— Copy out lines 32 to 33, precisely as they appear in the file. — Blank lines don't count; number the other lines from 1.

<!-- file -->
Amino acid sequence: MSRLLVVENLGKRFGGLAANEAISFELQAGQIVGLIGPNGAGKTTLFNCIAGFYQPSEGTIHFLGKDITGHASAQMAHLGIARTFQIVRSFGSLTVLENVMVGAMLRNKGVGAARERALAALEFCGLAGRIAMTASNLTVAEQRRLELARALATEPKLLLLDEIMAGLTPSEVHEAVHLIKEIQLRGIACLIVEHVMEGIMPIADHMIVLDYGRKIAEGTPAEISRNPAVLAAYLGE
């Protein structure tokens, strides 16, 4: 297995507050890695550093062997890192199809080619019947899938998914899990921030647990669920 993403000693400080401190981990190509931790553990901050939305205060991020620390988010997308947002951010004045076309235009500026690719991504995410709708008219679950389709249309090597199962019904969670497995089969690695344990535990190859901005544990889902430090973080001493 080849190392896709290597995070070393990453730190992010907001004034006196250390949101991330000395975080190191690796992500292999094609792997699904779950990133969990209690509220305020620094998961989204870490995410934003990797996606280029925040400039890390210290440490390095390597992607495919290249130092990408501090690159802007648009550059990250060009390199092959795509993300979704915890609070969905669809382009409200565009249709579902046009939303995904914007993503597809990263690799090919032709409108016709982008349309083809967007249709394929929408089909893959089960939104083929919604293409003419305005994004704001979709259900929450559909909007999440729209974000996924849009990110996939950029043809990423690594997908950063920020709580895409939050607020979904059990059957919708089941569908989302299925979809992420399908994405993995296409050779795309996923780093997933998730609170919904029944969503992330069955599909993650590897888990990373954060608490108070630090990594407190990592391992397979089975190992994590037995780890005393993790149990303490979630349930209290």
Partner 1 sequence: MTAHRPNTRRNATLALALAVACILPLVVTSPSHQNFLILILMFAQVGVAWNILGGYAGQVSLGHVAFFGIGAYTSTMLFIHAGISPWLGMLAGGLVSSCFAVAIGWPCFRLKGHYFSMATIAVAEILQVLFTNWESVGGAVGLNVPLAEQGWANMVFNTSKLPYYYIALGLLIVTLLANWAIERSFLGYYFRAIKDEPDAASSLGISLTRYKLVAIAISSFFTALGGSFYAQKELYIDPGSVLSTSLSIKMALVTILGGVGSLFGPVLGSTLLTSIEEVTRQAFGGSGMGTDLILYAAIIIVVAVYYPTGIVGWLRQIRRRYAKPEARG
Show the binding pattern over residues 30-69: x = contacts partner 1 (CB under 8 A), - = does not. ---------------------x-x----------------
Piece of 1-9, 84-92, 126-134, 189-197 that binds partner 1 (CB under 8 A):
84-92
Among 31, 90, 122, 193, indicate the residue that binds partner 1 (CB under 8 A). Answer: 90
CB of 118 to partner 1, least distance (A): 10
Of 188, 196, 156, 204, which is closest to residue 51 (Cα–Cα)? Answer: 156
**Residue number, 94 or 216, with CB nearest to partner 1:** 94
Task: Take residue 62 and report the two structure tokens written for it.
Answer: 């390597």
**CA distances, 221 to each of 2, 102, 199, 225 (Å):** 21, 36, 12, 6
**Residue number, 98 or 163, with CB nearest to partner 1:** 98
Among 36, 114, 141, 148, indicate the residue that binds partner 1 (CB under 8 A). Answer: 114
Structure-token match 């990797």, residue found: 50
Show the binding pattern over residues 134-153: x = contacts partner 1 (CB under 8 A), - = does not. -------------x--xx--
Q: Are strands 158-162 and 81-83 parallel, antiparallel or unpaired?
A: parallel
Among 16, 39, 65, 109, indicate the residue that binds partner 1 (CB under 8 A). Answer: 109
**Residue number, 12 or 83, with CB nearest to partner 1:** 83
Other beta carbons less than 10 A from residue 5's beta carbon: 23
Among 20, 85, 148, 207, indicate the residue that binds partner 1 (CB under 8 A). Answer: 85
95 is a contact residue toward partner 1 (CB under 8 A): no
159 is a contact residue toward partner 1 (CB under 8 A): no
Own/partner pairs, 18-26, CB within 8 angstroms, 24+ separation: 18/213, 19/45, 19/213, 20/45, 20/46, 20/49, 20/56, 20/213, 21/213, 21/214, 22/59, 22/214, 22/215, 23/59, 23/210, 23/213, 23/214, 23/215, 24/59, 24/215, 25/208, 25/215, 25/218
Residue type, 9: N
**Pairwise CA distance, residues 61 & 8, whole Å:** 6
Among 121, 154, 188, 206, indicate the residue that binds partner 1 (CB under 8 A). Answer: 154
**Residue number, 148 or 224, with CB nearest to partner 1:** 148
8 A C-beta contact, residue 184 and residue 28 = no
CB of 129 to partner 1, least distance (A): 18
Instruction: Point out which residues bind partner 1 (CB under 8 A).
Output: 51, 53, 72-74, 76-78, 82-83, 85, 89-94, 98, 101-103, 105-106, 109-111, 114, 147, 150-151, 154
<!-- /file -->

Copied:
CB of 129 to partner 1, least distance (A): 18
Instruction: Point out which residues bind partner 1 (CB under 8 A).